Bahrain arrests doctors, nurses
Medical personnel to be tried after treating protesters
MANAMA, Bahrain — Several doctors and nurses who treated injured antigovernment protesters during the months of unrest in Bahrain will be tried in a military court on charges of acting against the state, the justice minister said yesterday.
Khaled bin Ali Al Khalifa said the charges against 23 doctors and 24 nurses include participating in attempts to topple the island’s Sunni monarchy and taking part in illegal rallies.
The announcement is the latest in the Sunni rulers’ relentless pursuit of Shi’ite opposition supporters after weeks of street marches demanding greater freedoms, equal rights, and an elected government in Bahrain.
During the unrest, medical staff repeatedly said they were under professional duty to treat all and strongly rejected claims by authorities that helping antigovernment protesters was akin to supporting their cause.
Separately, two former Parliament members of the country’s main Shi’ite party Al Wefaq were arrested, according to a senior party leader, Abdul-Jalil Khalil.
Al Wefaq has been the leading political backer of Bahrain’s uprising, which was inspired by revolts in Tunisia and Egypt earlier this year.
Bahrain’s Sunni rulers declared martial law on March 15.
Yemen SANAA — Yemen’s president asked a key mediator from a powerful alliance of neighboring Gulf countries to indefinitely delay his visit, two of his associates said yesterday, in the latest blow to efforts to resolve the country’s crisis.
President Ali Abdullah Saleh’s move was a political slap to attempts by Yemen’s neighbors to resolve nearly three months of unrest in this impoverished Arab country.
The two senior officials said Saleh sent a formal letter to Abdullatif bin Rashid al-Zayani, general secretary of the Gulf Cooperation Council, requesting the delay.
The visit was pushed back “to an indefinite date,’’ according to one of his associates.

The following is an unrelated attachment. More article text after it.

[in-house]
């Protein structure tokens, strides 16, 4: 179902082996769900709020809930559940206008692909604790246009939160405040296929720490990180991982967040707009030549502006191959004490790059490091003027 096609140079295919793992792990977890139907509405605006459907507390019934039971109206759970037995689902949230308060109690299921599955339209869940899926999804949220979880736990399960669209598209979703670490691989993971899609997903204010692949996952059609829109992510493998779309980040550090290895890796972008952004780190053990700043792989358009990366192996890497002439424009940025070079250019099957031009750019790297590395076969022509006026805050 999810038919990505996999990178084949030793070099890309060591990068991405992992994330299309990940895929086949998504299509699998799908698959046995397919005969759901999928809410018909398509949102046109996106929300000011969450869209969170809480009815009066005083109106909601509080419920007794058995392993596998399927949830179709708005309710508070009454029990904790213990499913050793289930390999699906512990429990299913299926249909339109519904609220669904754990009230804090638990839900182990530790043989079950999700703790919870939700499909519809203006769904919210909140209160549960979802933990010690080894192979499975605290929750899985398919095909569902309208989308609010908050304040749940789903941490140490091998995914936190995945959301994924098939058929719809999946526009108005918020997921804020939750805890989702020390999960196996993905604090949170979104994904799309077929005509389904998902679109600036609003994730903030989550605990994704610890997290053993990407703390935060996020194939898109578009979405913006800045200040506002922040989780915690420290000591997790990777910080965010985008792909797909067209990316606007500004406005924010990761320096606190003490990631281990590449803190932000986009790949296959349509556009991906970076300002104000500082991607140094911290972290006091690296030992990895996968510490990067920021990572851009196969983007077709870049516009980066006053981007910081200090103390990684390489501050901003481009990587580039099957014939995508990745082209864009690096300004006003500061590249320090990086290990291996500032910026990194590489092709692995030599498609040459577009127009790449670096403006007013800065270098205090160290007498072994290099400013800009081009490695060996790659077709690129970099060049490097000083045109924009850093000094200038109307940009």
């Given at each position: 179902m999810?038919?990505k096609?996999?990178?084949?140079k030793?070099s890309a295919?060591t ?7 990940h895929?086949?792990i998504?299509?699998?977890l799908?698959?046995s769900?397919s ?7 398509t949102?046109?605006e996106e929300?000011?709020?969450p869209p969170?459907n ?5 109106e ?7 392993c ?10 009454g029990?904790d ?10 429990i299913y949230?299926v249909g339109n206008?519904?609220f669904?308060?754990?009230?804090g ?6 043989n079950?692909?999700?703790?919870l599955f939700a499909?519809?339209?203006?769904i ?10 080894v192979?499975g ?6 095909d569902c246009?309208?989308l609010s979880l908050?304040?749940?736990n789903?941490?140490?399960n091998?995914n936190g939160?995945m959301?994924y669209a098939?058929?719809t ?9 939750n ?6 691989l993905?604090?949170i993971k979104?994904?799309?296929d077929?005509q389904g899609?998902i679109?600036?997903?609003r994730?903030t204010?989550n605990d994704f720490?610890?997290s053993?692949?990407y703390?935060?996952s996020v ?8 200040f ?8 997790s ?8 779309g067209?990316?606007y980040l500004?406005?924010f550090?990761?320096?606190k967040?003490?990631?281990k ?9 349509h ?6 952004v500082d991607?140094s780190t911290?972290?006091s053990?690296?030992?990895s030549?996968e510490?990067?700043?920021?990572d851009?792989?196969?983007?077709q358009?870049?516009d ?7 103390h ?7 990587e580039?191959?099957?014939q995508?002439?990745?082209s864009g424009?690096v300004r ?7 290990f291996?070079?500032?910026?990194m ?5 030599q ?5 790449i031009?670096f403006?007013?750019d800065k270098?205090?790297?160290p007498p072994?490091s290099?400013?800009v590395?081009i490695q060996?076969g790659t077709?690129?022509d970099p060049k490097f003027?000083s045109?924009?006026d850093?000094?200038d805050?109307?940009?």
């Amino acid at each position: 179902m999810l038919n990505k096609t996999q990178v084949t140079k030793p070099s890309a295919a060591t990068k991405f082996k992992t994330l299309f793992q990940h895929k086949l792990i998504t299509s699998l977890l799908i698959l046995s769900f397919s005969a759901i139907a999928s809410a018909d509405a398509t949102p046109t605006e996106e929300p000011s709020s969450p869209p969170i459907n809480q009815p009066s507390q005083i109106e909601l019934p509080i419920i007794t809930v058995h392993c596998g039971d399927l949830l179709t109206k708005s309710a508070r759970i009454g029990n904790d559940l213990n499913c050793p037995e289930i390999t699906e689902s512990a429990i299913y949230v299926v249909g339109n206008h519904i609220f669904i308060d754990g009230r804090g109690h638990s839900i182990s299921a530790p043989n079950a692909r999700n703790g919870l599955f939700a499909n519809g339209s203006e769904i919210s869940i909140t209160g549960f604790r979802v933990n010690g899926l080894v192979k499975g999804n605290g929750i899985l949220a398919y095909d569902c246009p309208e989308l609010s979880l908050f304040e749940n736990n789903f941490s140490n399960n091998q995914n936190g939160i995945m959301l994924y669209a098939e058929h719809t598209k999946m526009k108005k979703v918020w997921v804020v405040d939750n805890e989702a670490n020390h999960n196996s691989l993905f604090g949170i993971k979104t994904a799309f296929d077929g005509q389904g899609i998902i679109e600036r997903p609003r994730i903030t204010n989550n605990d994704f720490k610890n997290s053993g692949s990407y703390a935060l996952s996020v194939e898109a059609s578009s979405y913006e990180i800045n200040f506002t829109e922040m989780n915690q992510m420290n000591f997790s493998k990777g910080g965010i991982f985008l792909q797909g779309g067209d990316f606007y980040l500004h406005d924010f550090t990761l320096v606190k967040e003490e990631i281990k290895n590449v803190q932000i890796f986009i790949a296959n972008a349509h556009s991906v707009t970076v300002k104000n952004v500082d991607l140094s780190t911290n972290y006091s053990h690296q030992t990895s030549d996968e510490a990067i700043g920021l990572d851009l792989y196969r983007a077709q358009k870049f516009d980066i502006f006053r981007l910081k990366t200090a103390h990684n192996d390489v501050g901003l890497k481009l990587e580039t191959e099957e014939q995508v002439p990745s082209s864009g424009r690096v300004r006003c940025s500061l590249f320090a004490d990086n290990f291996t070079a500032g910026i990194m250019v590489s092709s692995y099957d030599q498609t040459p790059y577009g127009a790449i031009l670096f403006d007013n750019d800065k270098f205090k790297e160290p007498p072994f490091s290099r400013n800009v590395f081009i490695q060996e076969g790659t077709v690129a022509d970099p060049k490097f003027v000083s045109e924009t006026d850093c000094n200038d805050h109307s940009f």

The letter was sent Monday, just as Zayani was expecting to meet with Saleh to ask him to resign as part of the GCC’s initiative to resolve the crisis, they said on condition of anonymity because they were not authorized to speak to the press.
It was the second time Saleh spurned a meeting with Zayani, and suggests the Yemeni president hopes to buy time at the expense of good relations with the alliance of his oil-rich neighbors.
Syria BEIRUT — Facing international condemnation for its bloody crackdown on protesters, the Syrian regime is expanding an intimidation campaign to keep people off the streets, human rights activists say.
They report a sharp escalation in arbitrary arrests and unexplained disappearances — including people getting plucked from their homes and offices in the middle of the day. One prominent activist in an upscale Damascus neighborhood was reportedly bundled into a car after being beaten by security officers.
“Syrian cities have witnessed in the past few days an insane escalation by authorities who are arresting anyone with the potential to stage protests and demonstrations,’’ Ammar Qurabi, who heads the National Organization for Human Rights in Syria, said yesterday.
Switzerland WASHINGTON — Swiss authorities say that banks in their country have located almost $1 billion in assets of Libyan leader Moammar Khadafy and the former presidents of Egypt and Tunisia.
Financial regulators in Switzerland had identified in Swiss bank assets worth almost $416 million that may belong to the embattled Libyan leader or the government; $474 million that is linked to former president Hosni Mubarak of Egypt; and $69 million belonging to Tunisia’s fallen leader, Zine el-Abidine Ben Ali.
The announcement was made Monday by Swiss President Micheline Calmy-Rey at a diplomatic meeting in the Tunisian capital Tunis and confirmed by a Swiss foreign ministry spokesman.